Translating from one language to another, a person uses both linguistic knowledge and abilities, as well as a wide variety of extralinguistic cognition (about the physical nature of the world, society and its culture, the situations in which the translated text was created, how its translation will be perceived, etc.). And the stages of comprehension and synthesizing the text are fundamentally different.

Exploratory Immersion

Translation can be carried out with varying degrees of penetration into the content of the text. The complete translation scheme assumes that in this case a conceptual representation of the content of the text is supposed to occur, presumably not depending on the features of the "source tongue" and "target tongue" and taking into account the fullness of the knowledge that, in connection with a specific text, can be drawn by a translator for a deeper comprehension of the text and an adequate transfer of its content in another tongue.

In other words, the translation in the full scheme is not a selection of correspondences, but a maximally deep insight into the text with the subsequent generation of a new text in another tongue, or two consecutive translations: first – to a hypothetical conceptual "intermediary tongue" and then from it in "target tongue".

New Verges

Translation into English of the simplest and most common in scientific articles phrases is fraught with incredible difficulties, and the resulting English text may have more than a doubtful quality. Translation of scientific and technical texts is, to a certain extent, engineering work, requiring deep technical knowledge and developed technical thinking that allows understanding what the author of the source text really wanted to say.

To properly understand the meaning of the publication, the translator must not only know the terms, but also have a good insight into the subject matter. In addition, he or she must be able to reflect the described realities, otherwise, it is impossible to reach the true meaning in many cases.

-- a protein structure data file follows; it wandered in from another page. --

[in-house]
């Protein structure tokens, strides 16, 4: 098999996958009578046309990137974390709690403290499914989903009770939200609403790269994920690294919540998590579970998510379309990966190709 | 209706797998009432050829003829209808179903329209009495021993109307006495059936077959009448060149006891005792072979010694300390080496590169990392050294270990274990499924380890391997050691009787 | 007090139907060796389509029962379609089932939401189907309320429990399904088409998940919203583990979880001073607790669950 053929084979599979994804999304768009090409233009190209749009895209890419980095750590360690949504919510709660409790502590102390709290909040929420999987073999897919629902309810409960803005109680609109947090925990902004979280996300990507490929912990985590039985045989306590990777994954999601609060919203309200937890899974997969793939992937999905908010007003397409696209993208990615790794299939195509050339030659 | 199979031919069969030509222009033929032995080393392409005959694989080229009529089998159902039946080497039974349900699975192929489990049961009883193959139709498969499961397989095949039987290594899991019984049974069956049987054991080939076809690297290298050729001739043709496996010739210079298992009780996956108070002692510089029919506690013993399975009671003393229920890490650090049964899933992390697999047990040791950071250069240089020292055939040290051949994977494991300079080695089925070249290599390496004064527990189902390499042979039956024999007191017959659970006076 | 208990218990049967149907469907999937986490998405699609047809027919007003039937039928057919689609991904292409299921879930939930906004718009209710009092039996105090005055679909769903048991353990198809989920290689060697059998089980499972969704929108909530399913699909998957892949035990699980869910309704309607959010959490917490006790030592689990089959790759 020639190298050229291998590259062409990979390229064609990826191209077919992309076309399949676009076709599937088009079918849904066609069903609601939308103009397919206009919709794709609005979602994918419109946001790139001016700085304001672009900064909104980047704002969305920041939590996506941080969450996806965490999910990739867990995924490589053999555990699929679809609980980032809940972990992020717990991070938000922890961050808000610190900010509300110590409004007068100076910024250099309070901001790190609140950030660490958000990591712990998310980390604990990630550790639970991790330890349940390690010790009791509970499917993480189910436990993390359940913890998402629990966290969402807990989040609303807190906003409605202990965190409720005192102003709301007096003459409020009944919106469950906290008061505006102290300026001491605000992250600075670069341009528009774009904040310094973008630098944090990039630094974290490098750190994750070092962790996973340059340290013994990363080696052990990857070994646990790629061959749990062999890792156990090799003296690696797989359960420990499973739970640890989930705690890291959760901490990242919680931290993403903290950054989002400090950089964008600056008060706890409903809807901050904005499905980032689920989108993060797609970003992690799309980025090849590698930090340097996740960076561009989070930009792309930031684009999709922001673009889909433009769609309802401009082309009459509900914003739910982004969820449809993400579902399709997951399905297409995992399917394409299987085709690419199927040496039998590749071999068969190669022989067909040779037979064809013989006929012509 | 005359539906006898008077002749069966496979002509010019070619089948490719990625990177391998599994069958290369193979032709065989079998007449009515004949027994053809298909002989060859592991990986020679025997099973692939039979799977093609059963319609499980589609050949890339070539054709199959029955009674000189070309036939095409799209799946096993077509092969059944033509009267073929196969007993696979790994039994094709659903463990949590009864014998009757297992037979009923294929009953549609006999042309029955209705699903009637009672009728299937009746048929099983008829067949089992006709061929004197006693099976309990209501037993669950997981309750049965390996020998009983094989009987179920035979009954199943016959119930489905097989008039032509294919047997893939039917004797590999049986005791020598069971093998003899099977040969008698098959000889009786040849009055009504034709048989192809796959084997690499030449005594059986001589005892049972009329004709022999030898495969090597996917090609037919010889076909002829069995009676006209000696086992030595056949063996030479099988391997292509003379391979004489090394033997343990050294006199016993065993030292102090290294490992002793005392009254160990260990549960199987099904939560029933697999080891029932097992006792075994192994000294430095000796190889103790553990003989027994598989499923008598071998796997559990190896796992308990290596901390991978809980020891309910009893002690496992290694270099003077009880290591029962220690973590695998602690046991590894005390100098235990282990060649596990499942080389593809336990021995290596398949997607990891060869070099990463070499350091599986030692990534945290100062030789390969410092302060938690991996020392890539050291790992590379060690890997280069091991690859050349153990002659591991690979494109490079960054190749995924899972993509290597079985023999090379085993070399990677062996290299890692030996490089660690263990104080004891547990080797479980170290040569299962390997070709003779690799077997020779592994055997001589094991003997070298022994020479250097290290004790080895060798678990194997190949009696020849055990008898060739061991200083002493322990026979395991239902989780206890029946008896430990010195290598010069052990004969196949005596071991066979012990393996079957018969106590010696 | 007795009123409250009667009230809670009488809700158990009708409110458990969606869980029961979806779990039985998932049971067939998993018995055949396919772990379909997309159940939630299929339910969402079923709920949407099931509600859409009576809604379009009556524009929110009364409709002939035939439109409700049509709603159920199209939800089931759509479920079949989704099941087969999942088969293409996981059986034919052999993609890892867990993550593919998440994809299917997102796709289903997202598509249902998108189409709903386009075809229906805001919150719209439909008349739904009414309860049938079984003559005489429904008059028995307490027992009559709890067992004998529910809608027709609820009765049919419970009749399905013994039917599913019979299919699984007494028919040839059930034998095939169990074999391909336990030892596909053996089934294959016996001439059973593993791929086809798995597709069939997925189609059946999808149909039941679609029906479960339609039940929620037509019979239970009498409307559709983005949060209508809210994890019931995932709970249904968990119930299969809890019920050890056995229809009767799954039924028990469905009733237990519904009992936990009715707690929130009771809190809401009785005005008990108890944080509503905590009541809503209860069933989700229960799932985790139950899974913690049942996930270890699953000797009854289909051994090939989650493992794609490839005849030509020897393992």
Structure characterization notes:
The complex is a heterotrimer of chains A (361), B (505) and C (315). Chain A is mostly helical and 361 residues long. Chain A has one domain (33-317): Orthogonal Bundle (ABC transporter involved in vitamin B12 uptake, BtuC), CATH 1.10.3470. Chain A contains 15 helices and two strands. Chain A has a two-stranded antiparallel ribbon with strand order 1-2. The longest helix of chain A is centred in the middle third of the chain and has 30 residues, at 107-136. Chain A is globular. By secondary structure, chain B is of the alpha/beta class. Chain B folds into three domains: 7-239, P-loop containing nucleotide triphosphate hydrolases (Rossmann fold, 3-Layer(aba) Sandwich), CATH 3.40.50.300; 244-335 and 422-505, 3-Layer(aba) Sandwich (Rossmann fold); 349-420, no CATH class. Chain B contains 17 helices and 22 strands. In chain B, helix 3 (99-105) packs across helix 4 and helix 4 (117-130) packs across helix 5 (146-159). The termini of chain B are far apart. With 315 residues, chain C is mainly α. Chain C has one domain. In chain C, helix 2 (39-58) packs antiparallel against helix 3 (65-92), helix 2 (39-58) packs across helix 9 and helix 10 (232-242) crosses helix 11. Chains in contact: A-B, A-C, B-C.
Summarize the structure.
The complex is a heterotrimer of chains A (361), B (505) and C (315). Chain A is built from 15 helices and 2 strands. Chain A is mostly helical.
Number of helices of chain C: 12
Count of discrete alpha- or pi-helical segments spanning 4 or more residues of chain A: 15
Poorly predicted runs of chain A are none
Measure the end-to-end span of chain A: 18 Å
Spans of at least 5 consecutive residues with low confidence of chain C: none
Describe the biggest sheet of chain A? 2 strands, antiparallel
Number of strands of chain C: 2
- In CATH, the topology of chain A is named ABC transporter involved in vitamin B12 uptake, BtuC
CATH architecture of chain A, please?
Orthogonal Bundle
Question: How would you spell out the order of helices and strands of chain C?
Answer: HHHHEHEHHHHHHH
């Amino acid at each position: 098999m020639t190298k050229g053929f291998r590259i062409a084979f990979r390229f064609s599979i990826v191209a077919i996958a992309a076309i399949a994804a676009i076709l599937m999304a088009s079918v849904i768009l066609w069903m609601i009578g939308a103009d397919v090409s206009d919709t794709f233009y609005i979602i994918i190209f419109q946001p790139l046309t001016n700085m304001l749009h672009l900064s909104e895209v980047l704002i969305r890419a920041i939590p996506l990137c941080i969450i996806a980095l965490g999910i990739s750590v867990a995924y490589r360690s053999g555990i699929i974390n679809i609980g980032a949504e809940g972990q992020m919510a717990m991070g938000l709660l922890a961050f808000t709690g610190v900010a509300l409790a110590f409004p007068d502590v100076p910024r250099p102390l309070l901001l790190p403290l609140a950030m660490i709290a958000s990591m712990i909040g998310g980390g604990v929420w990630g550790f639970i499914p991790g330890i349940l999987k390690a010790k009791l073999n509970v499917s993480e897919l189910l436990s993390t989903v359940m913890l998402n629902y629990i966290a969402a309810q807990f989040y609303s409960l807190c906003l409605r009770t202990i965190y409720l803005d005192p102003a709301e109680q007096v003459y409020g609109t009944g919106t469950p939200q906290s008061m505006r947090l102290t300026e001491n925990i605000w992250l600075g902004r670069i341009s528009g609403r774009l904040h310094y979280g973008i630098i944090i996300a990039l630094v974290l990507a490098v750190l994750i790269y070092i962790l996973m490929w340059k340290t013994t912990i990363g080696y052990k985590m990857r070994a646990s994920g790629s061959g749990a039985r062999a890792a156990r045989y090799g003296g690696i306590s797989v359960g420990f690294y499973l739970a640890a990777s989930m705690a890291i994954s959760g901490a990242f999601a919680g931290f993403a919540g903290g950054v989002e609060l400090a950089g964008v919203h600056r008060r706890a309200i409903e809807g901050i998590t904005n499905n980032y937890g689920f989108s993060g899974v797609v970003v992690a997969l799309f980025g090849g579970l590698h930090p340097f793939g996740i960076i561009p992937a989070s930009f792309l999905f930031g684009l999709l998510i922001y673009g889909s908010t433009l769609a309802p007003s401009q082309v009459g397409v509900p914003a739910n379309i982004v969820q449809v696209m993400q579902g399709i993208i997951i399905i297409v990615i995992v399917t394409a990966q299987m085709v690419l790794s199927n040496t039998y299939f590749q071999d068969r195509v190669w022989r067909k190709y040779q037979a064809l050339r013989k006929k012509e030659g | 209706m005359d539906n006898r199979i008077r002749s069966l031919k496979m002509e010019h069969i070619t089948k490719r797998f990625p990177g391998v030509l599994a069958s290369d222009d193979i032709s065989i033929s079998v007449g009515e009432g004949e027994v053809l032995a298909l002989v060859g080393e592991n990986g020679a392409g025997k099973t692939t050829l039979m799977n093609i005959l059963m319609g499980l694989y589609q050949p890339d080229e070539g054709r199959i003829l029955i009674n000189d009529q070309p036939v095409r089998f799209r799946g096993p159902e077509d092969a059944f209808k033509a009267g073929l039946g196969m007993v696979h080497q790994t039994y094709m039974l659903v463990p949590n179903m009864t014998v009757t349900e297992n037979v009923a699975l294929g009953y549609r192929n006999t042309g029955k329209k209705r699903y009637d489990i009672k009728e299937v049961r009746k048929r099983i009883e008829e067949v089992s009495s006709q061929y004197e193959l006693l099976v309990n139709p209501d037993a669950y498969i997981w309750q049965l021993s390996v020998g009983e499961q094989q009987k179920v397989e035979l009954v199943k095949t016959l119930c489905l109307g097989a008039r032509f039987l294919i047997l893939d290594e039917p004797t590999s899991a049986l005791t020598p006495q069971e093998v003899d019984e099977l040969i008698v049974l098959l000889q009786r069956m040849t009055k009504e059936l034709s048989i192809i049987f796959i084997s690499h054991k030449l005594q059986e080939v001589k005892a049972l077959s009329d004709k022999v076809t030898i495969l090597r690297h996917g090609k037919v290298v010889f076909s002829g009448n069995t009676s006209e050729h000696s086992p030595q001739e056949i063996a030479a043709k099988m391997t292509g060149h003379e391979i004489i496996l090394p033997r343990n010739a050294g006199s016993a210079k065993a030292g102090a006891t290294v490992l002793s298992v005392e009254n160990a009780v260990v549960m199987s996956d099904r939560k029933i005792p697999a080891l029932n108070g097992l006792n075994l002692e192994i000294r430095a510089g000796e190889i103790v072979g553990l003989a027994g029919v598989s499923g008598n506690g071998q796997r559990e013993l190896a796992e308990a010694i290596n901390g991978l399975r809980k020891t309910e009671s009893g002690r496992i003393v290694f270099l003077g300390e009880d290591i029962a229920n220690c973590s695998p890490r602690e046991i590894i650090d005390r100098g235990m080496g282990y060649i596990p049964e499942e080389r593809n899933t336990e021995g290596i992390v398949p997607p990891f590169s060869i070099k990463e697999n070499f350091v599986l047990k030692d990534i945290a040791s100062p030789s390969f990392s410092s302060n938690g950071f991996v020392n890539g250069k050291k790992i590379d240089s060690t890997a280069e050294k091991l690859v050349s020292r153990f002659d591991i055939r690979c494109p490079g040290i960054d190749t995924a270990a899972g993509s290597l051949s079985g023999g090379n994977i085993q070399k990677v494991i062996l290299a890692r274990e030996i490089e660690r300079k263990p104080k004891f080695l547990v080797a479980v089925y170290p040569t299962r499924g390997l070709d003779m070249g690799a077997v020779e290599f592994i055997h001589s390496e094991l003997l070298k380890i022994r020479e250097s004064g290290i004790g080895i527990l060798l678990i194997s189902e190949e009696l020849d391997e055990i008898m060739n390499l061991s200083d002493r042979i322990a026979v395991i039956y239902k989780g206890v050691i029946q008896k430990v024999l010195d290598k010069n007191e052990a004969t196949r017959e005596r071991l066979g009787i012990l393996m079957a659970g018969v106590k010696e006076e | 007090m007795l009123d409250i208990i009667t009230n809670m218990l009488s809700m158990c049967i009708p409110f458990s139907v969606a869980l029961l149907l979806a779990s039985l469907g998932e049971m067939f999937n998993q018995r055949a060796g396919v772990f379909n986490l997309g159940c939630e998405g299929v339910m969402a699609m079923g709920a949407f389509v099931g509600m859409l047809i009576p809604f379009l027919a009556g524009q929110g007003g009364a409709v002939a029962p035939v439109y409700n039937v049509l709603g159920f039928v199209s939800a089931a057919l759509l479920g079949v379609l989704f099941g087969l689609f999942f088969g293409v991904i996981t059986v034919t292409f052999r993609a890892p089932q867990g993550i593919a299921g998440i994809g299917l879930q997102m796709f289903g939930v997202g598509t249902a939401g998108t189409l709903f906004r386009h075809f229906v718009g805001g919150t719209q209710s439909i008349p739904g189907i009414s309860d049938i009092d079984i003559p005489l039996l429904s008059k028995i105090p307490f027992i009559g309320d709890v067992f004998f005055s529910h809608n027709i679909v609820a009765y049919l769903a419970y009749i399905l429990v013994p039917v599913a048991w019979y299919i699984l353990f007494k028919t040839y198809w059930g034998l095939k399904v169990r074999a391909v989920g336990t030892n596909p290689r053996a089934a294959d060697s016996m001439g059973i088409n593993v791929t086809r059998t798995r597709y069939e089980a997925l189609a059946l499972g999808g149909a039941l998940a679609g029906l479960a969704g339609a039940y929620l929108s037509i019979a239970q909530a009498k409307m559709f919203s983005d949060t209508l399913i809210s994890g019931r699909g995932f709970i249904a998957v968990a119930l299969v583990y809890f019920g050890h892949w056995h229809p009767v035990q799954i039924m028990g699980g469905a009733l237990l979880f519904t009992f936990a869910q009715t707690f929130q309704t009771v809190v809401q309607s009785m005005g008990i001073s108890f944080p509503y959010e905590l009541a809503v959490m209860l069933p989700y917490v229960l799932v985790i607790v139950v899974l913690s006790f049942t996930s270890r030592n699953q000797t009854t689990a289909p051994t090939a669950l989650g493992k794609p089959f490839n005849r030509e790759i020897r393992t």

At the present stage of science evolution, multi- and polydisciplinary knowledge systems have appeared: biophysics, general theory of social communication, physical chemistry, geobotany, social semiotics, and so on. That is why modern "translation studies" can no longer be satisfied with the traditional model of translation since the representation of this process in the form of an algorithm of clear actions does not always fully reflect all the multifacetedness and complexity of the translation activity.

In this regard, this process requires a deeper comprehension, which consists, first of all, of recognizing that the leading active principle in translation is not an objectively existing algorithm of actions, but the translator himself or herself as a thinking and creative subject of scientific activity. A qualified translator, working with an article, unintentionally begins to bring the own coloring into the text, attach a subjective emotional background, thereby becoming a co-author of the publication, but not being its creator at the same time.

Academic Literacy

It is extremely difficult for many researchers to write a scientific paper in English if they have not received special training in this field and, as a consequence, have little idea how to present the results of their work in the format needed, intended for an international journal.

The inability or unwillingness to write an article in English are those pitfalls, which often break career aspirations of researchers. According to David Ortinau, the scientific identity of the researcher in the minds of his or her peers is part of the continuum in which the researcher creates the own image of a scientist known and recognized in this field or another. The increase of scientific reputation primarily comes at the expense of a successfully published article in a prestigious peer-reviewed journal.

The Need for Academic Literacy

The teaching of academic writing is central to a number of other disciplines aimed at developing academic literacy, which, according to the definition of Australian scientist Bill Green, includes three aspects:

  • Operational literacy – linguistic (especially written) competence;
  • Cultural literacy – insight into discourse of culture: the ability to communicate in the language of a specific group or subject (for example, the scientific language of the economy, etc.);
  • Critical literacy is comprehension of how knowledge is created and interpreted (for example, the ability to understand what the creator of a scientific article means).

The above-mentioned aspects form the basis of academic literacy, and its formation is considered an institutional responsibility. Accordingly, the evolution of such skills is an urgent task for all universities since already at the stage of studying students have to master the professional competence in the field of scientific communication, including written one.